World Builders

by John Stoltenberg

To judge by social media, love and madness are a thing. Here are a few choice examples now making the rounds in the meme-osphere:

“Love is merely a madness….” (William Shakespeare)
“There is always some madness in love….” (Friedrich Nietzsche)
“When love is not madness, it is not love.” (Pedro Calderon de la Barca)

Love and madness have apparently become such an item, they go together better now than love and marriage did back in the day (“like a horse and carriage”).

In Johnna Adams’s play World Builders—now on stage in a poignant and absorbing production from Forum Theatre—the love/madness metaphor takes on profound new depth.

The world of the play is located in the experience of a young woman, Whitney, and a young man, Max, who have both been clinically diagnosed with schizoid personality disorder (SPD). Their affliction is no poetic-trope madness. Theirs is literal, described in the DSMMD (what shrinks call the Diagnostic and Statistical Manual of Mental Disorders). The play is set in a psychiatric wing, specifically that at Johns Hopkins Hospital, where Whitney and Max are subjects in a six-week clinical trial of a new med that might ameliorate their symptoms (which the play presents with veracity).

At the beginning Whitney is the highly charged livewire, and Laura C. Harris’s performance of her is electrifyingly supple. In contrast Max’s pilot light appears to have gone out; his affect is sullen and dull. Though we don’t yet know it, Daniel Corey’s performance of him will have heart-wrenching emotional range.

That Whitney and Max fall in love—a prospect planted early on when Whitney persists in getting Max’s attention—turns out to be far less a surprise than why and how they do so.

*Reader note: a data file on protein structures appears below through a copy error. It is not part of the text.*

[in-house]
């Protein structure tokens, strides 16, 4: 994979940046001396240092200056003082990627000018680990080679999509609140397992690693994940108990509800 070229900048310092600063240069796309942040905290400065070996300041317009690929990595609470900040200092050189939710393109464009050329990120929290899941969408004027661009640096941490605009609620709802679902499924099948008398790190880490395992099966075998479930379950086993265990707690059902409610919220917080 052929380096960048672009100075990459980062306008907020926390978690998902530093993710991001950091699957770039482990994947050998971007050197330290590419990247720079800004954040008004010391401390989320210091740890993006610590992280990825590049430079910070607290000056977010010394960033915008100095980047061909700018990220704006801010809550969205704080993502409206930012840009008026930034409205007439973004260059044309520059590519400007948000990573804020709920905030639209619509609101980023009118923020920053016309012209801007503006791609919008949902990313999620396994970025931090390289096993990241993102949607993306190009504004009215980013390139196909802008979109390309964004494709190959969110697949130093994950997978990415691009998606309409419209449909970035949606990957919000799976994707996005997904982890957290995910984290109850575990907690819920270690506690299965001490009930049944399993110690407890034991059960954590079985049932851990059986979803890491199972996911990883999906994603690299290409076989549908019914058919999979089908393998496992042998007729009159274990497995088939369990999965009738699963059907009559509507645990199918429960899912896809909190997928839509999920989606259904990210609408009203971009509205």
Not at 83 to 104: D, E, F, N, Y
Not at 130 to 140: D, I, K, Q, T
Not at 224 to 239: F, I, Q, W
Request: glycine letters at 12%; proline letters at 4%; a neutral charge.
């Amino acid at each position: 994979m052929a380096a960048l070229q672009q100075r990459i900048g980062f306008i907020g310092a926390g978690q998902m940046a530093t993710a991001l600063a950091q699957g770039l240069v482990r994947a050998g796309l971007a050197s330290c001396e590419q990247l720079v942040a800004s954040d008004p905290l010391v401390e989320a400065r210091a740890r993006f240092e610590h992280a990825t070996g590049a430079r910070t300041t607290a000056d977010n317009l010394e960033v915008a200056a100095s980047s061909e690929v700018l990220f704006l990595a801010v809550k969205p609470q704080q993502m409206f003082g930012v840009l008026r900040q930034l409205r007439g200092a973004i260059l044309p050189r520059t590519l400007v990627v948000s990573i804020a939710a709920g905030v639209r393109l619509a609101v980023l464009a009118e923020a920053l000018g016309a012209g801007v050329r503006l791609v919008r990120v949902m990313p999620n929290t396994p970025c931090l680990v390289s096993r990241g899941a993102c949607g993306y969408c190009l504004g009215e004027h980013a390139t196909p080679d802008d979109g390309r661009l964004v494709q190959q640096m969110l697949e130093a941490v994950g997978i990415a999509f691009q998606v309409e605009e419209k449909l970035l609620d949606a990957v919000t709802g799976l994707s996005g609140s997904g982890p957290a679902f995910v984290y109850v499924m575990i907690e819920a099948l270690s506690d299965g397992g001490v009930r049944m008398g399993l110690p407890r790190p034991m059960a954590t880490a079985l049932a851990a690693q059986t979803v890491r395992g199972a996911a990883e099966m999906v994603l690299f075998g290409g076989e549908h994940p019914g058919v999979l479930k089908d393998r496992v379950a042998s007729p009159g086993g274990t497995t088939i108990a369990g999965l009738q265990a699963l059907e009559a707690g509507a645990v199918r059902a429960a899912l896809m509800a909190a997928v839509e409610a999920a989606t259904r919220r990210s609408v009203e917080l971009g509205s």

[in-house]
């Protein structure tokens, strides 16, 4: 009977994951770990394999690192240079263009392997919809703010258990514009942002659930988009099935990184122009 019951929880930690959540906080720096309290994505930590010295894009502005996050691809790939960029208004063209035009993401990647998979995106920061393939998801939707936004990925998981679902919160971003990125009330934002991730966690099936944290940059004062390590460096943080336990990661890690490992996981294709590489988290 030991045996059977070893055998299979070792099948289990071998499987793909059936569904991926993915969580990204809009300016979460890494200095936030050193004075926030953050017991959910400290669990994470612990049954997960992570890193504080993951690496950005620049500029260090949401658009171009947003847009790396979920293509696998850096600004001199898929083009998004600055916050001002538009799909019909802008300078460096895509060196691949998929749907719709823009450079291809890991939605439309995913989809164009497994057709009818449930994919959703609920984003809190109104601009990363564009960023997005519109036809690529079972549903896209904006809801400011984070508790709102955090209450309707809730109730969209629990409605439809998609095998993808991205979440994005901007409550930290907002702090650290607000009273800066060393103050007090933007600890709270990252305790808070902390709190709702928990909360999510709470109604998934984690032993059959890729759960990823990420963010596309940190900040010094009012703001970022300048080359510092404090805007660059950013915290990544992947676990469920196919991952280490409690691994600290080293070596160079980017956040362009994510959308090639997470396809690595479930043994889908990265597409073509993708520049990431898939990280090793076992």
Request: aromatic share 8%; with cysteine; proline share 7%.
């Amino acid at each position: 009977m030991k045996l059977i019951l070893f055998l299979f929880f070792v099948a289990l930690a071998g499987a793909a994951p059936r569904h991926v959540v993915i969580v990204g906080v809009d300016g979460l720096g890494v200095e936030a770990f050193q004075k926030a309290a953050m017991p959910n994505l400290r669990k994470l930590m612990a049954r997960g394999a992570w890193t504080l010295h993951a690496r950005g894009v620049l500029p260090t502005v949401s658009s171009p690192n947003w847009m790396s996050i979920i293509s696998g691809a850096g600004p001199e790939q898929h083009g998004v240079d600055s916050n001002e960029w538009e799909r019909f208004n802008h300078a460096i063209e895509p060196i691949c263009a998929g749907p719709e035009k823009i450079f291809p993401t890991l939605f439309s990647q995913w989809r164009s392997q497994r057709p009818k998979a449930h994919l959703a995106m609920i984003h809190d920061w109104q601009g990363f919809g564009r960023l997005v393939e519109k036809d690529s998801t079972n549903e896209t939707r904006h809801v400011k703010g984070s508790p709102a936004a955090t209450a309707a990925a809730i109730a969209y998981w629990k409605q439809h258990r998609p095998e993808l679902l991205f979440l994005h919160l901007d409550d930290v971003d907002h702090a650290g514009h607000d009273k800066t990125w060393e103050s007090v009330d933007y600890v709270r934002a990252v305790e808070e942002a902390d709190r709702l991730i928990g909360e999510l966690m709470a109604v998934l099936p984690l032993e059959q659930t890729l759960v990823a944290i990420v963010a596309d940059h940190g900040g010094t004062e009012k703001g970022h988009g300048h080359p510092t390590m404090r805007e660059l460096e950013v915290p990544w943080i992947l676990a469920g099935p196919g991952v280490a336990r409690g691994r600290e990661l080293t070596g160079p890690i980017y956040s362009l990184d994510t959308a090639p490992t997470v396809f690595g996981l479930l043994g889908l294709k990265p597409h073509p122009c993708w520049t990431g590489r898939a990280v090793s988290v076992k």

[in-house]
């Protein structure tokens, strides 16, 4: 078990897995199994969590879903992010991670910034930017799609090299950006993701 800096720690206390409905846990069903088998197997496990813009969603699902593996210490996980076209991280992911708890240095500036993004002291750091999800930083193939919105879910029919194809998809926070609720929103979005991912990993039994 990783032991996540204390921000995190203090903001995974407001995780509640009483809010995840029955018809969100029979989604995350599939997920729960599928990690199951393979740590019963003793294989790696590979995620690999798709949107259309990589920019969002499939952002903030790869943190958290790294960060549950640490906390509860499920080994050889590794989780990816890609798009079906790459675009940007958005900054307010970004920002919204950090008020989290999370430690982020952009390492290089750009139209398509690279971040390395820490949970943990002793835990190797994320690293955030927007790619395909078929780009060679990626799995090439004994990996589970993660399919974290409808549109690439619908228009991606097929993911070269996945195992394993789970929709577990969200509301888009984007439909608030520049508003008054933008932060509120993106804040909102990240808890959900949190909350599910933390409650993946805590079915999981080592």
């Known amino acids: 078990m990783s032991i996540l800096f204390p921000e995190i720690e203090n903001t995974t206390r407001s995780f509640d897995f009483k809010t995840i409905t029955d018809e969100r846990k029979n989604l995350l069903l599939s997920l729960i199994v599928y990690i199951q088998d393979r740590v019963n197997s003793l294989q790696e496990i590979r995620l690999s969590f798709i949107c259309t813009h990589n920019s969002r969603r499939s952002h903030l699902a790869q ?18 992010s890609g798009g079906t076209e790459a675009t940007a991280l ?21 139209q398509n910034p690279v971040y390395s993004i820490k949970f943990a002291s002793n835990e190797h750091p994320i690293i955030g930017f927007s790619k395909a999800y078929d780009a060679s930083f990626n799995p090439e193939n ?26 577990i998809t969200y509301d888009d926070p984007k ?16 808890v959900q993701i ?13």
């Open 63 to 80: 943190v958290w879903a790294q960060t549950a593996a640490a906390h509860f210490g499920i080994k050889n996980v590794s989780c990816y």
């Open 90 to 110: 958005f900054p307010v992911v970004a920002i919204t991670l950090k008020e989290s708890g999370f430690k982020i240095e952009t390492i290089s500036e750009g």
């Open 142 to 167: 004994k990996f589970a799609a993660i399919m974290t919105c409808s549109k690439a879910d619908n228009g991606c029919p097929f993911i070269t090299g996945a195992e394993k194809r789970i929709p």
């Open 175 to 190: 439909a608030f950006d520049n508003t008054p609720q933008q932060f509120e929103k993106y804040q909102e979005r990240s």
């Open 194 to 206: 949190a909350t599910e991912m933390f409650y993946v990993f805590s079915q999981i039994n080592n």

I caught the show last night at Woolly Mammoth where it is running in the rehearsal hall through November 21 very up close and personal. Staged in the round with but two rows of seats on all sides, and smartly directed by Amber McGinnis Jackson, World Builders is about as intimate and arresting as theater gets.

I found the ending not only beautifully moving but head-spinning. I won’t give it away; one should discover the progress of the play for oneself. But it has to do with the impact of Adams’s establishment of each of the two characters’ very separate and distinct “worlds,” private mental spaces that represent their respective experiences of their shared syndrome.

These worlds are of enormous importance to each character. “My world is the closest thing I have to a heart,” Whitney says. Her world is like a science-fiction fantasia packed with people, planets, and plots. Max’s world, by contrast, is macabre; it’s like the grim crime scene of serial killer. Max is gentle to his core and his world torments him. Still his grim fixation on it functions as a kind of attachment.

Whitney and Max are both fully cognizant that the drugs they are taking are “world-killer pills,” which will literally clear their minds. And they are not sure they want that.

“I love my world more than I love you,” Whitney tells Max—yet, “I want you and my world.”

The unfolding relationship between Whitney and Max becomes a love story stripped of the blinders that love typically insists on. The magnificent metaphor that Adams builds in World Builders will resonate for anyone who has a personal world of enormous importance to them and who does not want that world infringed on in order to comply with what is expected in order to be attached to another person. The fundamental question the play asks is this: If we each have a world and we cannot be ourselves without it and we cannot let someone else into it, how do we negotiate living and loving with someone else who also has their own world?

This play’s metaphor of an answer might rock your world.

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